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Why Texas’ ‘death penalty capital of the world’ stopped executing people

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Since the Supreme Court legalized capital punishment in 1976, Harris County, Texas, has executed 126 people. That's more executions than every individual state in the union, barring Texas itself.
Harris County's executions account for 23 percent of the 545 people Texas has executed. On the national level, the state alone is responsible for more than a third of the 1,465 people put to death in the United States since 1976.
In 2017, however, the county known as the "death penalty capital of the world" and the "buckle of the American death belt" executed and sentenced to death a remarkable number of people: zero.
This is the first time since 1985 that Harris County did not execute any of its death row inmates, and the third year in a row it did not sentence anyone to capital punishment either.
The remarkable statistic reflects a shift the nation is seeing as a whole.
“The practices that the Harris County District Attorney’s Office is following are also signifi…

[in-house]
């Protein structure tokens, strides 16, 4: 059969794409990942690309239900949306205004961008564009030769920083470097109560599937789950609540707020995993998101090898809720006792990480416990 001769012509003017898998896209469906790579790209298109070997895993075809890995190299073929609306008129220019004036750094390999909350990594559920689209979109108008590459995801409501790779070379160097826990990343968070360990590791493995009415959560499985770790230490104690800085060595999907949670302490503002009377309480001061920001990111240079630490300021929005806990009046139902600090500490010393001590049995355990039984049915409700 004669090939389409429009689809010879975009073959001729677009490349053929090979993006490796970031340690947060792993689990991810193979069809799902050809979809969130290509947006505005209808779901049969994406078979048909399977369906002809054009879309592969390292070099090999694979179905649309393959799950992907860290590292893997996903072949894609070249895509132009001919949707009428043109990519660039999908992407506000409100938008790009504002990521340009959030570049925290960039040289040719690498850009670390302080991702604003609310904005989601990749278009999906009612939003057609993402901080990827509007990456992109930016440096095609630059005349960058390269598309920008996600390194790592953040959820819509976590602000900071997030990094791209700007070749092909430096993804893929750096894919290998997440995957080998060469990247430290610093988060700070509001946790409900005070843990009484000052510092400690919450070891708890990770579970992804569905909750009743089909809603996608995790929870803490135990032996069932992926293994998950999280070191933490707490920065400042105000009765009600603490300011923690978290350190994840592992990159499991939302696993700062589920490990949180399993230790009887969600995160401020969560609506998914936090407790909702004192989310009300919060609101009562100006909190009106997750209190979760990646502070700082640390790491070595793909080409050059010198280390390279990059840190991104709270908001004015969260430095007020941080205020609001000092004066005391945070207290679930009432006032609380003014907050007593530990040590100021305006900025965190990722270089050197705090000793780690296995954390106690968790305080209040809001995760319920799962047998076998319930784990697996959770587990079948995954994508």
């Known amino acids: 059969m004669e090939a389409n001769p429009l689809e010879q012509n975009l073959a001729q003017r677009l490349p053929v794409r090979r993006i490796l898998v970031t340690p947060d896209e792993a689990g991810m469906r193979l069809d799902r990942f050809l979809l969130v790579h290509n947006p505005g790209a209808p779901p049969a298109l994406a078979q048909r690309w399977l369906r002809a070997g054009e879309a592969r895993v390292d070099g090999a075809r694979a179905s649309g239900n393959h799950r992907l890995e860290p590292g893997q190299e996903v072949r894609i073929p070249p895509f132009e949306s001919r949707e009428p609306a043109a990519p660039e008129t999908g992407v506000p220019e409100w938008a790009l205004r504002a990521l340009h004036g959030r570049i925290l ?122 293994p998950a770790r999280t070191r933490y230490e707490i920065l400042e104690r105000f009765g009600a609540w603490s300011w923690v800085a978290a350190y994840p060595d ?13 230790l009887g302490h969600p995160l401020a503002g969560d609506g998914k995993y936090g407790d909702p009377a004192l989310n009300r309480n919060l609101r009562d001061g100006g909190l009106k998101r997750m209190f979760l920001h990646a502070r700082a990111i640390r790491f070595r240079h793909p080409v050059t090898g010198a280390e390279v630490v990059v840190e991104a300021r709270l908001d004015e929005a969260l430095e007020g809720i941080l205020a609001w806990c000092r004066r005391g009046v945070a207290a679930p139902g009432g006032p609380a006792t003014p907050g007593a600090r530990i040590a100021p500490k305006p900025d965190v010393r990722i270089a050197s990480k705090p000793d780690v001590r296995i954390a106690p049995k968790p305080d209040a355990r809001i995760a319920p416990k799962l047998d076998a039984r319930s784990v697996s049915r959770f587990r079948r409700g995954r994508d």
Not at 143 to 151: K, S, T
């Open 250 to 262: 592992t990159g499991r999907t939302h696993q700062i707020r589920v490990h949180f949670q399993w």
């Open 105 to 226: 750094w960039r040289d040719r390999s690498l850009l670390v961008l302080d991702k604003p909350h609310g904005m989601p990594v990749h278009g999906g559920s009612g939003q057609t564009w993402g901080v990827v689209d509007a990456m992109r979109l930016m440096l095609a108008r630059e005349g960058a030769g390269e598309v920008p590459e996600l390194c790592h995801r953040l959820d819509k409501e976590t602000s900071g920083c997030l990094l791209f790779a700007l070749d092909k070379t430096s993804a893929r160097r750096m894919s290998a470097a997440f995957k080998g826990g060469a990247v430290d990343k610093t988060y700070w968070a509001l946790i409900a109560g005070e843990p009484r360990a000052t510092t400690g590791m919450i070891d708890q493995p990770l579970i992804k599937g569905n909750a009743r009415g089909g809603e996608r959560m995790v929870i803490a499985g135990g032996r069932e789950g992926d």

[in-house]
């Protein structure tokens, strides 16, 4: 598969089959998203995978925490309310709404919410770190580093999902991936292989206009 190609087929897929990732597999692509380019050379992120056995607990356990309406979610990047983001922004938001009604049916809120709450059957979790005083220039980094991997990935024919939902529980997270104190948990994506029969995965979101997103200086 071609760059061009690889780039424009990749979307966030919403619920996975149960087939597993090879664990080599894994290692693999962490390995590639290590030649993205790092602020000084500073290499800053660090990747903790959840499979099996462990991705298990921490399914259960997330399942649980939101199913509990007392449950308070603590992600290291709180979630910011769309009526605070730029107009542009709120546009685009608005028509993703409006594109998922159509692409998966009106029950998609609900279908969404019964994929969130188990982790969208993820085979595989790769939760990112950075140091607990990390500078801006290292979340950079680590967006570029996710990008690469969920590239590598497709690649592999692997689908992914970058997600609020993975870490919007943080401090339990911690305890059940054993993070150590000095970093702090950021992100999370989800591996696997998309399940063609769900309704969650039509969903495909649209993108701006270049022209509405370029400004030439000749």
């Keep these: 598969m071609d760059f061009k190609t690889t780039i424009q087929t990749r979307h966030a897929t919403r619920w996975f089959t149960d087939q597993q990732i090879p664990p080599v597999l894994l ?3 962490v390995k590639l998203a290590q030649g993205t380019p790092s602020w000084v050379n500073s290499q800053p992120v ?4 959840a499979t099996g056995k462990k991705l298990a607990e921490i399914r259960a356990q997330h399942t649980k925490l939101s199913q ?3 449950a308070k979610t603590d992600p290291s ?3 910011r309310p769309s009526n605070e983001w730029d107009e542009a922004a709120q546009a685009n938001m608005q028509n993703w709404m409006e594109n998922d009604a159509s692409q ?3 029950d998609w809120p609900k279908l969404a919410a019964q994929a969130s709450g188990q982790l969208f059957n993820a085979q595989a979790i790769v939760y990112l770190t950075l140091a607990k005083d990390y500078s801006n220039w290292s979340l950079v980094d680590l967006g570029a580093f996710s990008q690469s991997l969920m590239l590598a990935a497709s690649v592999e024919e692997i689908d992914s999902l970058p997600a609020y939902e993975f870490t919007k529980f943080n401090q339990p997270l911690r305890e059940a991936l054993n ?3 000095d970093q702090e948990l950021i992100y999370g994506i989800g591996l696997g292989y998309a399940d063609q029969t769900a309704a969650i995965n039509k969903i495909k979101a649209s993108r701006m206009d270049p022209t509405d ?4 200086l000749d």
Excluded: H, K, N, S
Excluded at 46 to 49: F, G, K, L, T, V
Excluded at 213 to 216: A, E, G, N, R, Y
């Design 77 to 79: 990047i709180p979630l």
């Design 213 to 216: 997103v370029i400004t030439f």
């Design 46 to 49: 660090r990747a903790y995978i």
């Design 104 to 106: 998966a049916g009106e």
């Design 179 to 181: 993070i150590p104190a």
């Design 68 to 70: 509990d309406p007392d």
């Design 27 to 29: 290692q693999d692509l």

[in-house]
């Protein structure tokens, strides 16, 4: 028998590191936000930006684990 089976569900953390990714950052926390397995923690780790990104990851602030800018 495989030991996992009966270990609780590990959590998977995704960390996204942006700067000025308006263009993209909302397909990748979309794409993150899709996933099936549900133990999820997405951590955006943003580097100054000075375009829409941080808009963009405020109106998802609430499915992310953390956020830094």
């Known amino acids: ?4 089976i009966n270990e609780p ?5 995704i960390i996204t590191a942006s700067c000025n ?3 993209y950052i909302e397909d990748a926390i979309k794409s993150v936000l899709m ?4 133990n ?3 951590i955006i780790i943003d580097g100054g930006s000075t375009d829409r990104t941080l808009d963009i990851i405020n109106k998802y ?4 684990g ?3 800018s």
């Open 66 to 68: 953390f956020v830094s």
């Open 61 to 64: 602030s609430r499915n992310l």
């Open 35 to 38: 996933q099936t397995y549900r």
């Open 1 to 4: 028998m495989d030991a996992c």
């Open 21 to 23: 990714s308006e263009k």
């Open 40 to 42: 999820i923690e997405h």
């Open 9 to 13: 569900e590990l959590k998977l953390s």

Delaware court considers constitutionality of death penalty

Welcome to Delaware
A silent vigil was held outside the Delaware Supreme Court as the court weighs the constitutionality of capital punishment in Delaware.

The ongoing debate over Delaware's death penalty has made its way to the state's highest court.

For nearly a year, the discourse has drawn protests and emotional pleas at Legislative Hall, but the issue, now sitting squarely before the Delaware Supreme Court, drew a much more pensive tone in a Dover courtroom on Wednesday, as the court heard arguments over whether the way people are sentenced to death in Delaware is constitutional.

The quandary before the court arose after the U.S. Supreme Court found in January that Florida's death penalty law was unconstitutional because it gave judges - not juries - the final say to impose a death sentence. Delaware and Alabama are the only other states that allow judges to override a jury's recommendation of life. Delaware judges, however, have not been using that power.

Confusion over the rulings implication in Delaware led the state's Supreme Court to agree to hear arguments and weigh in.

In front of a packed courtroom Wednesday, a prosecutor argued to the Supreme Court that the state's death penalty process avoids the pitfalls that made Florida's statute infirm, especially since juries make the initial decision about whether a defendant is eligible for the death penalty in Delaware. A public defender countered that the state violates the Sixth Amendment when juries are routinely told that their sentencing decision is merely a recommendation.

"The most basic tenant of the [Florida] decision is that fact finding subjecting the defendant to the death penalty must be made by the jury," said Assistant Public Defender Santino Ceccotti "That does not occur in this state."

Delaware is 1 of 32 states with capital punishment. The last execution in the state was in 2012, when Shannon Johnson, 28, was killed by lethal injection.